To further study this point, we looked at the condition-specific regulation activities of TFs in AA starvation and heat shock by dividing the TFs into two groups: the first contained TFs that were determined to control the initial response and the second contained the rest of the TFs. We compared the binding targets of these TFs under YPD media and in the condition that they regulate. As part of the response to stress, several yeast TFs begin to regulate genes that were not regulated by them in YPD media (Bar-Joseph et al, 2003b; Luscombe et al, 2004). As can be seen in Figure 5A, regulators controlling the first bifurcation point (master regulators) showed a much larger overlap in the set of genes bound in stress and YPD media compared to the TFs regulating genes at later time points (secondary regulators). Whereas six of the eight TFs assigned to a first point had more than 20% overlap between condition-specific and YPD media binding data, and four had more than 50% overlap, six of the eight TFs first appearing at a second split had less than a 20% overlap and none had more than 50% overlap (Supplementary Tables 9 and 10). These results hold even if we ignore the actual P-values and focus on the list of 100 top bound genes in each condition (Figure 5B). Again, these differences indicate that, at least for some types of stress, cells maintain the ability to quickly activate the initial response pathways.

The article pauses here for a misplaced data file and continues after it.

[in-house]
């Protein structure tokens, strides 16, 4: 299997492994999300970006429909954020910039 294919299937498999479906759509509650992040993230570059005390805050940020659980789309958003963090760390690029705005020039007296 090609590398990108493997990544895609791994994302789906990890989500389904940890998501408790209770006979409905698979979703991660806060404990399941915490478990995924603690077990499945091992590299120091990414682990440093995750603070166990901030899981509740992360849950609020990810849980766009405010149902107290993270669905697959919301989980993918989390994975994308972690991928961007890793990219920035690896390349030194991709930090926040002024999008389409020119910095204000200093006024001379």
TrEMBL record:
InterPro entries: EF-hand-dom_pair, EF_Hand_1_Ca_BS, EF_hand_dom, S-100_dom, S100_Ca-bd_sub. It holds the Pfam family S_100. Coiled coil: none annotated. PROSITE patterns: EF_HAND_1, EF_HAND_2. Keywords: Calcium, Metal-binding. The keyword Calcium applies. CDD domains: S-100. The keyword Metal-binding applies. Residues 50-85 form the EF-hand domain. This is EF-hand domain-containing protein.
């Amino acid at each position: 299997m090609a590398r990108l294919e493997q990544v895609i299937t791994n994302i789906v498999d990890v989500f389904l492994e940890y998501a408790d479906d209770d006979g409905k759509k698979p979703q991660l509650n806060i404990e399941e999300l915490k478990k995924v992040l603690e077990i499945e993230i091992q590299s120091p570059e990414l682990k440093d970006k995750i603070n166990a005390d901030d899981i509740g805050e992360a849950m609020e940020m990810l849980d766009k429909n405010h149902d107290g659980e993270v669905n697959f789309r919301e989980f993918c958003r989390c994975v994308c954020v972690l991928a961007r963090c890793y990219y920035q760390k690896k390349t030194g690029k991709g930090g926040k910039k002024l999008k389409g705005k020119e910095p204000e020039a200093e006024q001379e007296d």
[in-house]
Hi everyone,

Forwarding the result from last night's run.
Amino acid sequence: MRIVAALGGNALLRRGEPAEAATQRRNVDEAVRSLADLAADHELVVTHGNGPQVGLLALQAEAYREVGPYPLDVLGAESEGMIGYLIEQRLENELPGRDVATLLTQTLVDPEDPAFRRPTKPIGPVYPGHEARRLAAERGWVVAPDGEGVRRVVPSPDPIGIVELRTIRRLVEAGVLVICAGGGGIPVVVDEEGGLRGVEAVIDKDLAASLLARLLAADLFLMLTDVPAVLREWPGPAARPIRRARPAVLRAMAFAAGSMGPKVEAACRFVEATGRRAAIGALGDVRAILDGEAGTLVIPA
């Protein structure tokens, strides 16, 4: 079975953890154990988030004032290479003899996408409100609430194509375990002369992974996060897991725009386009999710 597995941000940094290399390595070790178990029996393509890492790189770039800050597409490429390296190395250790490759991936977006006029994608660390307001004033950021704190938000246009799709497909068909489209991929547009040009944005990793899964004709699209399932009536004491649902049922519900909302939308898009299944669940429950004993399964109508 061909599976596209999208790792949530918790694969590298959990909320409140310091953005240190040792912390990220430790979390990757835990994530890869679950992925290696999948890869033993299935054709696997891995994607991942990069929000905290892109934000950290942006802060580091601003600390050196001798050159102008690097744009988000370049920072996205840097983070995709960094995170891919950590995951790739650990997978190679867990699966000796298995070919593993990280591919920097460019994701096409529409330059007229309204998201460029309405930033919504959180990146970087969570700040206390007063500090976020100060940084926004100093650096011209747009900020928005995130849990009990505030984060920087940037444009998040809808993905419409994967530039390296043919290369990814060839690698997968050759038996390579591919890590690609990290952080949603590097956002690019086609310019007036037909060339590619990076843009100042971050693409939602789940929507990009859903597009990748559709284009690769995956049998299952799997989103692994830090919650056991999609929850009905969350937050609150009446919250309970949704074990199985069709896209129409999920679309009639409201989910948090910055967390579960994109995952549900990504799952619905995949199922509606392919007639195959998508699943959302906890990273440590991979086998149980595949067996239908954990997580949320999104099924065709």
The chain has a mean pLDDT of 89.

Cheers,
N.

In addition to differences in the condition-specific activity between master and secondary regulators, we have also observed differences in the utilization of different network motifs. As Supplementary Figures 9 and 10 show, genes bound by master regulators in a feed forward loop (FFL) displayed consistently higher expression levels when compared to genes regulated by the same TFs in a multiple input (MI) or single input (SI) motifs. In contrast, for many secondary TFs, we have not observed a large difference between the expression levels of FFL-controlled genes and genes controlled by the other two network motifs. The ability of master regulators to utilize FFLs by consistently expressing some of the genes at a higher level during a response may help cells fine-tune their response to various stresses. Indeed, whereas 45% of the genes bound by Gcn4 in an FFL are known AA biosynthesis genes (based on GO), only 21 and 13% of the genes bound in an MI or an SI, respectively, are assigned to this category. Thus, although many genes are activated initially, only a few of them will remain expressed at a high level in a later point as their expression requires the additional binding of a secondary factor. In this way, an FFL serves as a filtering motif, removing signals that were erroneously activated and maintaining those that are required for the actual response pathway (Mangan and Alon, 2003).